Respite for disabled people and carers is vital, says charity as British Caregiver Award is launched
National disabled people’s charity Revitalise has joined forces with the National Accident Helpline to launch the British Caregiver Award and call for more support for the UK’s 6.5 million unpaid carers.
Revitalise is working in partnership with National Accident Helpline on the British Caregiver Award, launching today, and the charity’s CEO, Chris Simmonds, will be sitting on the Award’s judging panel. The charity has also provided a respite holiday at one of its three UK centres as the top prize in the British Caregiver Award.
Revitalise is also supporting National Accident Helpline’s ‘Accidental Carers’ campaign and calling for better respite provision for disabled people and carers in order to prevent the breakdown of the caring relationship. The charity is backing up the company’s independent research findings with the results of its own carer surveys.
The two organisations’ research paints a stark picture of the daily lives of unpaid family carers and the barriers that are preventing them from accessing essential respite breaks for themselves and their loved ones.
Among the many findings on which Revitalise and National Accident Helpline’s research agree completely is that a third of carers have never had any significant time away since they started caring and that for the same proportion, guilt was a huge barrier holding them back.
The organisations’ studies found that over a third of carers have passed up on the opportunity for respite due to the feelings of guilt at leaving their loved ones in the care of others. Revitalise is suggesting that this points to a lack of confidence on the part of carers in the quality of respite opportunities currently available.
Revitalise and the National Accident Helpline are hopeful that the Awards and Campaign will draw much-needed attention to the selfless work of UK’s army of unpaid carers and the daily challenges they face.
In the light of the research, Revitalise is calling for much more to be done to support unpaid family carers, especially in terms of regular respite from caring. The charity is urging social care decision makers to pay more attention to the fundamental issues of quality and choice in respite care in order to alleviate carers’ guilt at taking respite breaks from caring and help prevent the breakdown of the caring relationship.
Revitalise Chief Executive Chris Simmonds commented:
“We are proud to be partners with the National Accident Helpline on the ‘Accidental Carers’ campaign and the British Caregiver Award. It’s about time that unpaid carers got the national recognition they so richly deserve.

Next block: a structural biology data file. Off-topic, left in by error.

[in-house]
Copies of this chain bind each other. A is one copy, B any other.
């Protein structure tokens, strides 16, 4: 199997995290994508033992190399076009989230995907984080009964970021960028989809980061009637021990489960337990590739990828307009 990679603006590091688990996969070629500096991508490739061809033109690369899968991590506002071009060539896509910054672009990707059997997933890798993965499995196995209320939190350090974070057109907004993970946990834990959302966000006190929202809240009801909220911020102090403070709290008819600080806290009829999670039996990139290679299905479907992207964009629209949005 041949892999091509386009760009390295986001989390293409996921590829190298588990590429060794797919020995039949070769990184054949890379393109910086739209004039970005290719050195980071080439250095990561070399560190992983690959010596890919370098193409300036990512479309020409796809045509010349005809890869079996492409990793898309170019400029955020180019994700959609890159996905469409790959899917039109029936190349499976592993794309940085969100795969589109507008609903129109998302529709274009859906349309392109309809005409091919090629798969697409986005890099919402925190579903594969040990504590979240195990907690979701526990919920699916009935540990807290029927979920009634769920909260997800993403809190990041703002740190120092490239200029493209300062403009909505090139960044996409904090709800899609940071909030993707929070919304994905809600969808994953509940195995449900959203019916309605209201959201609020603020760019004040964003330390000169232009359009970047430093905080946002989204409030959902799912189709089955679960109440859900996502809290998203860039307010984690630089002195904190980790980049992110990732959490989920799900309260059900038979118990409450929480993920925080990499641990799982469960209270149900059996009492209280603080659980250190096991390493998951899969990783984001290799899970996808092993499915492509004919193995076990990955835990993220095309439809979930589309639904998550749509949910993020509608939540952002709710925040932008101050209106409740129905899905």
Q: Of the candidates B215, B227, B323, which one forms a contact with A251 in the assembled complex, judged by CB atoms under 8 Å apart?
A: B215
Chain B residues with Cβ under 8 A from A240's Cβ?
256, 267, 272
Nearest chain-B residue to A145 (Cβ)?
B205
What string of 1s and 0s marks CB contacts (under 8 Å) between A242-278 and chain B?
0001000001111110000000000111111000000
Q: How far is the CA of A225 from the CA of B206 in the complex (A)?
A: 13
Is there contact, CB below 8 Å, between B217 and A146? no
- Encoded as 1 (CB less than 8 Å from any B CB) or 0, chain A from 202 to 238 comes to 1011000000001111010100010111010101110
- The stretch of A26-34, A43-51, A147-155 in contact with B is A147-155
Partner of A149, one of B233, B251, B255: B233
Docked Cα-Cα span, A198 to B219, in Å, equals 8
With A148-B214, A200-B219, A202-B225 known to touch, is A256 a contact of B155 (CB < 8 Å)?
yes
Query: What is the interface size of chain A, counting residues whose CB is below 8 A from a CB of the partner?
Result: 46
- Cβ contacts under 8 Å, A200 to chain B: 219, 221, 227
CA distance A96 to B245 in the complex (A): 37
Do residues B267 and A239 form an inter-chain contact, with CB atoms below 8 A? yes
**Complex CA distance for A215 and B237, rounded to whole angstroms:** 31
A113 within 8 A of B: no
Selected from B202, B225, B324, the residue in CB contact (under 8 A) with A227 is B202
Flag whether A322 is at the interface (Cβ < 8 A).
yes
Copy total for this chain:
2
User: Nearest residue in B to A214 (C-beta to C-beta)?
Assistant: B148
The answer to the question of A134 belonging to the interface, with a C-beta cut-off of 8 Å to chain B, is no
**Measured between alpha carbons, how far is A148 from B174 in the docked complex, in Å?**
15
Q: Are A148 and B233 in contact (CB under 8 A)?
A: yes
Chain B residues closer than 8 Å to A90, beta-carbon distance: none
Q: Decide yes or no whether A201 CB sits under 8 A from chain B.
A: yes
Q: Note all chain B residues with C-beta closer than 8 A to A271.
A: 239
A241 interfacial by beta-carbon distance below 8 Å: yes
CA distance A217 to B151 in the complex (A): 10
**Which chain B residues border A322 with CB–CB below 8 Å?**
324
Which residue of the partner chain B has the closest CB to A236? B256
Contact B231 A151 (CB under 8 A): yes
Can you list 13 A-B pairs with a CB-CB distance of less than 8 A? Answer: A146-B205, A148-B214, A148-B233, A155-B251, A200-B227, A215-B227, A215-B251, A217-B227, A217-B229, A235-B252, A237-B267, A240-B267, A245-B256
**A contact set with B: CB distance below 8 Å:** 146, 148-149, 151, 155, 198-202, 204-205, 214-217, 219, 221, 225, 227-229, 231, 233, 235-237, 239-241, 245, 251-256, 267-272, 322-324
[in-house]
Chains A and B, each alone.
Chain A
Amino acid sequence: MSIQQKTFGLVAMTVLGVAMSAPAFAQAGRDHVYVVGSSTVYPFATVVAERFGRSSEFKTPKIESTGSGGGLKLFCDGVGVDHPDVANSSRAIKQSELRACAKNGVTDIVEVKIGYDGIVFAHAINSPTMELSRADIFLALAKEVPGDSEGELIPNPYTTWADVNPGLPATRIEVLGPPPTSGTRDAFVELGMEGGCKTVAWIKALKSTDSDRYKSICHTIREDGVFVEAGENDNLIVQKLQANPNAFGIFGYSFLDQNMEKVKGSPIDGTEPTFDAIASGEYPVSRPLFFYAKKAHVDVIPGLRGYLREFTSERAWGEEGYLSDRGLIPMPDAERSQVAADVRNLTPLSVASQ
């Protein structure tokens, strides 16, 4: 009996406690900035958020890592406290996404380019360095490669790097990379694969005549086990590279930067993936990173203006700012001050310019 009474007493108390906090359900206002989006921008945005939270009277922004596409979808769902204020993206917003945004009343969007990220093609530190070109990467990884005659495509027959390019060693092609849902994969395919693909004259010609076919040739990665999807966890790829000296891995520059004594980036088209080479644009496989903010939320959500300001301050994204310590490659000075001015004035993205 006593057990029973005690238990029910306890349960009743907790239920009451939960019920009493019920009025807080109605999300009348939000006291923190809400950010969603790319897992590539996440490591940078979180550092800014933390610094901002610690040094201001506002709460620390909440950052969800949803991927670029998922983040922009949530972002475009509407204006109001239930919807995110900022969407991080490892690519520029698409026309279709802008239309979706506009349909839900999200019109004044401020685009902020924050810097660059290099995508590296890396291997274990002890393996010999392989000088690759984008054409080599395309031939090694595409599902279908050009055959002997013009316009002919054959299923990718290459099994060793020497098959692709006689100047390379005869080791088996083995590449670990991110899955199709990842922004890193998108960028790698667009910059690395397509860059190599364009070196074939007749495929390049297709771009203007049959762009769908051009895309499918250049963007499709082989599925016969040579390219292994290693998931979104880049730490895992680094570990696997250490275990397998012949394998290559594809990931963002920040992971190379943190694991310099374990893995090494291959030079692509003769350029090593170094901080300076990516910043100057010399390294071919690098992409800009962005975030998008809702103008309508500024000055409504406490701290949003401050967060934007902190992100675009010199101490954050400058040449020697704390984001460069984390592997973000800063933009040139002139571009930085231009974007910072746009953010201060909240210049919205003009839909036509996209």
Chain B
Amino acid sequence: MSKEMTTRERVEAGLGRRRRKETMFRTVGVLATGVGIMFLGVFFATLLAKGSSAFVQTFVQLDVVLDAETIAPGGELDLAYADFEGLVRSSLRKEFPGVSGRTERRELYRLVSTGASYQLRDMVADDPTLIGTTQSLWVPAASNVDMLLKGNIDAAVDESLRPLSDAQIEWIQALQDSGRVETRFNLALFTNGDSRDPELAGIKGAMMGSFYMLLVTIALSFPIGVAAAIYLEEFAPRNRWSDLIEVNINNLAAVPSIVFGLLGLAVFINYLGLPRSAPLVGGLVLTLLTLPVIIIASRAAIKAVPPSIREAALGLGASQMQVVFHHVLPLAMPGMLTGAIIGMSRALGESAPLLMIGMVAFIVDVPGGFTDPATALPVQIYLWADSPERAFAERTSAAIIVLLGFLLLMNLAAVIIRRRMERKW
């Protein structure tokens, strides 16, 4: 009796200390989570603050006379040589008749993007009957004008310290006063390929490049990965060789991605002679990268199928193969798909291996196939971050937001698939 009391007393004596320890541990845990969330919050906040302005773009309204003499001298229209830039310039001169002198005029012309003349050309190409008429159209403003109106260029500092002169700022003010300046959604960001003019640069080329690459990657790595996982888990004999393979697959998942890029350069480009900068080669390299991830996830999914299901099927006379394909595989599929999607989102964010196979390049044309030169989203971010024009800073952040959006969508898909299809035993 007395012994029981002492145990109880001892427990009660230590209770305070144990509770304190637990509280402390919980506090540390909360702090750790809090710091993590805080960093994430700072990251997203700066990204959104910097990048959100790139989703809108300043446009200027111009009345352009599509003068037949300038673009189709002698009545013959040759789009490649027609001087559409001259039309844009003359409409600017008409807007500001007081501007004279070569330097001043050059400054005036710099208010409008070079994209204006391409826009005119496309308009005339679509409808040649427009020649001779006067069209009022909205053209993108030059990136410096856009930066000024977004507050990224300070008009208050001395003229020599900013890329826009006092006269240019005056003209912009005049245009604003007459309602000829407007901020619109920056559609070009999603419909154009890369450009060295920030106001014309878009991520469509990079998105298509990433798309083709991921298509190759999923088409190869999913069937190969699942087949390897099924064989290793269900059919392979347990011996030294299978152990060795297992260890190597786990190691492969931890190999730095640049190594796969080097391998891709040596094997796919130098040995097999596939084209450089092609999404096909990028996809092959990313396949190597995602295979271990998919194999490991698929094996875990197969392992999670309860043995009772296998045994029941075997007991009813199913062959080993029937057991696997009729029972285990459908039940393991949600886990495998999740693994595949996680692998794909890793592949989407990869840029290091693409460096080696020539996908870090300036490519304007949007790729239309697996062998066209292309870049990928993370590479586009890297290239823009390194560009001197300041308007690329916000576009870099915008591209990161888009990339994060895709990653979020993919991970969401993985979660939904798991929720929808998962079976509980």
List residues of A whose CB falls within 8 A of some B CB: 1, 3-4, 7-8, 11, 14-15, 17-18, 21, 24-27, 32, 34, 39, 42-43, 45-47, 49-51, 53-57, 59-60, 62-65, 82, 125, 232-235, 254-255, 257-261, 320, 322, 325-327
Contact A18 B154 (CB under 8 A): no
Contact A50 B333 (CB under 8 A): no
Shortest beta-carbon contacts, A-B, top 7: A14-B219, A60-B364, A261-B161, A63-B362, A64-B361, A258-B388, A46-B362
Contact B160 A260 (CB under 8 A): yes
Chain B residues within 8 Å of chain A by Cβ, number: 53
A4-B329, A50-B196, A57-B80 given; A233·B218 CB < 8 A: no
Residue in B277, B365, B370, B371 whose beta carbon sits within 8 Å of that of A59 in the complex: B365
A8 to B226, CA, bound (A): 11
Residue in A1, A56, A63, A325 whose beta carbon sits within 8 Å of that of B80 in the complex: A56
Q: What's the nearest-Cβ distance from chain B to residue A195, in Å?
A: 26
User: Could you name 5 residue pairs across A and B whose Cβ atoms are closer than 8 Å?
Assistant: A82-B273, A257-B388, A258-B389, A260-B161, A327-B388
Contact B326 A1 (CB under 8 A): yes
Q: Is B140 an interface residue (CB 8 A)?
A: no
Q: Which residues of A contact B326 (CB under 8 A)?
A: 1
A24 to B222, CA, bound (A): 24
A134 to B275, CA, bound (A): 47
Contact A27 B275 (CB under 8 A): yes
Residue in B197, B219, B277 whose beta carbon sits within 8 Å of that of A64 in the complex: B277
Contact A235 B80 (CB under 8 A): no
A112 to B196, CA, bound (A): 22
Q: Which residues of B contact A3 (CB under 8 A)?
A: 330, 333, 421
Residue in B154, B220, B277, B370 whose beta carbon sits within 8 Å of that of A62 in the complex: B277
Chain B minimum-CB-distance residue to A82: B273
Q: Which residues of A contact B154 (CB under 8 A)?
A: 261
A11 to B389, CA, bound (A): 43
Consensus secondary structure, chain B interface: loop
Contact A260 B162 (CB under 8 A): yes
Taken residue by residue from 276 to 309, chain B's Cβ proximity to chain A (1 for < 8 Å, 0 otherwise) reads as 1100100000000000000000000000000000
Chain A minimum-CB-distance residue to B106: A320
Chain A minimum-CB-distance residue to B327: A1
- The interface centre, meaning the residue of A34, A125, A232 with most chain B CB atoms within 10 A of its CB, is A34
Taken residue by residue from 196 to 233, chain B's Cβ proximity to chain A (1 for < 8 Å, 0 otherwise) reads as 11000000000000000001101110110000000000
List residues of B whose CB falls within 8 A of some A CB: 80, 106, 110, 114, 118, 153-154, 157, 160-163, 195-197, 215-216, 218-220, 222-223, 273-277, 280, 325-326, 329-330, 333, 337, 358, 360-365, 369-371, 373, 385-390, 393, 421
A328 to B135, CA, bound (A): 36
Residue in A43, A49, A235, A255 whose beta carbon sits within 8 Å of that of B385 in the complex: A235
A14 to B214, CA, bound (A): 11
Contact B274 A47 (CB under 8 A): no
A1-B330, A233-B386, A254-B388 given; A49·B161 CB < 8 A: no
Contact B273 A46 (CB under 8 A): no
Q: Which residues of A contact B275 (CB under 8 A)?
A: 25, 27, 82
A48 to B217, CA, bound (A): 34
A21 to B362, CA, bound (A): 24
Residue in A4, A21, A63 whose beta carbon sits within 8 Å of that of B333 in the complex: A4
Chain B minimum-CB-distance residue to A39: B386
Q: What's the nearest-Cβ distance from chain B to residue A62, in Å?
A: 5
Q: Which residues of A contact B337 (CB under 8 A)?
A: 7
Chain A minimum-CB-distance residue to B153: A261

“We must never forget that 6 out of 10 carers do what they do out of love and devotion to the person they care for, but without the lifeline of regular time off from caring, carers – no matter how devoted – risk reaching breaking point.
“That’s why we must do all we can to prevent the caring relationship from reaching breaking point. Prevention is always better than cure and it would be a false economy to expect carers to carry on unsupported. Every pound we spend now on supporting carers will prevent a much greater cost to society if we take carers’ devotion for granted and allow relationships to collapse under the strain.
“Guilt at letting go is clearly a huge psychological barrier for carers, but we have found that carers’ fears about taking time off can be eased if the focus is on providing high quality care for their loved ones, where they can enjoy the company of others in a dignified, stimulating environment – which is precisely what Revitalise provides.
“That’s why we will keep on repeating that access to regular, good quality respite breaks for disabled people and those who care for them should be considered a right, not a luxury.”
“I feel privileged to take my place on the judging panel and more than happy to provide a holiday with Revitalise as the prize. We look forward to giving the winners a well-deserved break, but more importantly, to raising awareness about the incredible contribution of the UK’s unpaid carers.”
Russell Atkinson, CEO of National Accident Helpline, said:
“At National Accident Helpline we hear at first hand every day about the severe impact unforeseen accidents or injuries can have, not just on the injured person but also on their close family, who can find themselves thrust into the position of full-time carer.
“Many of these ‘Accidental Carers’ have their own lives and routines transformed by the need to provide care for their loved one, often 24 hours a day, seven days a week, over the course of months and years.
“Through the British Caregiver Award, we want to highlight the invaluable contribution made by these unpaid carers throughout the UK and to stress how important it is that they get regular respite from their caring role.
“We’re delighted to be working with Revitalise, a great charity which does so much to enrich the lives of the thousands of people who spend time at its centres each year.”
The UK’s army of unpaid carers, currently numbering around 6.5 million, is increasing at a rate of 6,000 people each day. By 2037 the number of unpaid carers in the UK is expected to have soared to nine million. Unpaid carers save the economy an estimated £119 billion per year, an average of £18,473 per carer.